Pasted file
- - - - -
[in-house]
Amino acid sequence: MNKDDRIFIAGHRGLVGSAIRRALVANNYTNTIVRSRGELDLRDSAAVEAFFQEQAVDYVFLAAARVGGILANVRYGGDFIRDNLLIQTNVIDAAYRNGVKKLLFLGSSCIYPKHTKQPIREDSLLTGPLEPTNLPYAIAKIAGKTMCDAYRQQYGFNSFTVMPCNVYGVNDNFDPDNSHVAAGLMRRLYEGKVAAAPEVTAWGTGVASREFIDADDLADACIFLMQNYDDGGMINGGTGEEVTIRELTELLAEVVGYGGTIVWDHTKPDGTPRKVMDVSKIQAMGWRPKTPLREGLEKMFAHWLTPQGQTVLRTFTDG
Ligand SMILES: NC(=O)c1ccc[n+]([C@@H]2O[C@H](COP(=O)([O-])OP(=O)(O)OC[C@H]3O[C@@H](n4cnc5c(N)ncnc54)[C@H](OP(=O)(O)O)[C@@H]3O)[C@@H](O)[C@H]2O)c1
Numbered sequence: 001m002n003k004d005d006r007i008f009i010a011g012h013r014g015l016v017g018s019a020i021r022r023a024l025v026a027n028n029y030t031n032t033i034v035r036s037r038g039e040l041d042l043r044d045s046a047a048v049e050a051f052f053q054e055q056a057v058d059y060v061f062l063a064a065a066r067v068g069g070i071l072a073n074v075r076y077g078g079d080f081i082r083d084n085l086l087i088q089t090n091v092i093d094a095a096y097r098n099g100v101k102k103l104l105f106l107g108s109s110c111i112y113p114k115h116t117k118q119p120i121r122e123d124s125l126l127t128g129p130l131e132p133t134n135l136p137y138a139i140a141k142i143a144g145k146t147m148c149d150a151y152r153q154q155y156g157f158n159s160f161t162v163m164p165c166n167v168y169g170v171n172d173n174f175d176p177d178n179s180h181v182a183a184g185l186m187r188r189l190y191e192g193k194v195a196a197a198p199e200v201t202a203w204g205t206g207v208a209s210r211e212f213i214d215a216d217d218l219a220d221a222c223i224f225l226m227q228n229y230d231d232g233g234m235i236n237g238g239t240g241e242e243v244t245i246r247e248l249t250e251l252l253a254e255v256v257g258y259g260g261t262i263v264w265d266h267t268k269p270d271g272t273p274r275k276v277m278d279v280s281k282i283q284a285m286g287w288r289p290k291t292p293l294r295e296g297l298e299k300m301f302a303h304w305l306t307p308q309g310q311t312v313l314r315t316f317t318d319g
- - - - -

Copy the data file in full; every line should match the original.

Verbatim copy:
[in-house]
Amino acid sequence: MNKDDRIFIAGHRGLVGSAIRRALVANNYTNTIVRSRGELDLRDSAAVEAFFQEQAVDYVFLAAARVGGILANVRYGGDFIRDNLLIQTNVIDAAYRNGVKKLLFLGSSCIYPKHTKQPIREDSLLTGPLEPTNLPYAIAKIAGKTMCDAYRQQYGFNSFTVMPCNVYGVNDNFDPDNSHVAAGLMRRLYEGKVAAAPEVTAWGTGVASREFIDADDLADACIFLMQNYDDGGMINGGTGEEVTIRELTELLAEVVGYGGTIVWDHTKPDGTPRKVMDVSKIQAMGWRPKTPLREGLEKMFAHWLTPQGQTVLRTFTDG
Ligand SMILES: NC(=O)c1ccc[n+]([C@@H]2O[C@H](COP(=O)([O-])OP(=O)(O)OC[C@H]3O[C@@H](n4cnc5c(N)ncnc54)[C@H](OP(=O)(O)O)[C@@H]3O)[C@@H](O)[C@H]2O)c1
Numbered sequence: 001m002n003k004d005d006r007i008f009i010a011g012h013r014g015l016v017g018s019a020i021r022r023a024l025v026a027n028n029y030t031n032t033i034v035r036s037r038g039e040l041d042l043r044d045s046a047a048v049e050a051f052f053q054e055q056a057v058d059y060v061f062l063a064a065a066r067v068g069g070i071l072a073n074v075r076y077g078g079d080f081i082r083d084n085l086l087i088q089t090n091v092i093d094a095a096y097r098n099g100v101k102k103l104l105f106l107g108s109s110c111i112y113p114k115h116t117k118q119p120i121r122e123d124s125l126l127t128g129p130l131e132p133t134n135l136p137y138a139i140a141k142i143a144g145k146t147m148c149d150a151y152r153q154q155y156g157f158n159s160f161t162v163m164p165c166n167v168y169g170v171n172d173n174f175d176p177d178n179s180h181v182a183a184g185l186m187r188r189l190y191e192g193k194v195a196a197a198p199e200v201t202a203w204g205t206g207v208a209s210r211e212f213i214d215a216d217d218l219a220d221a222c223i224f225l226m227q228n229y230d231d232g233g234m235i236n237g238g239t240g241e242e243v244t245i246r247e248l249t250e251l252l253a254e255v256v257g258y259g260g261t262i263v264w265d266h267t268k269p270d271g272t273p274r275k276v277m278d279v280s281k282i283q284a285m286g287w288r289p290k291t292p293l294r295e296g297l298e299k300m301f302a303h304w305l306t307p308q309g310q311t312v313l314r315t316f317t318d319g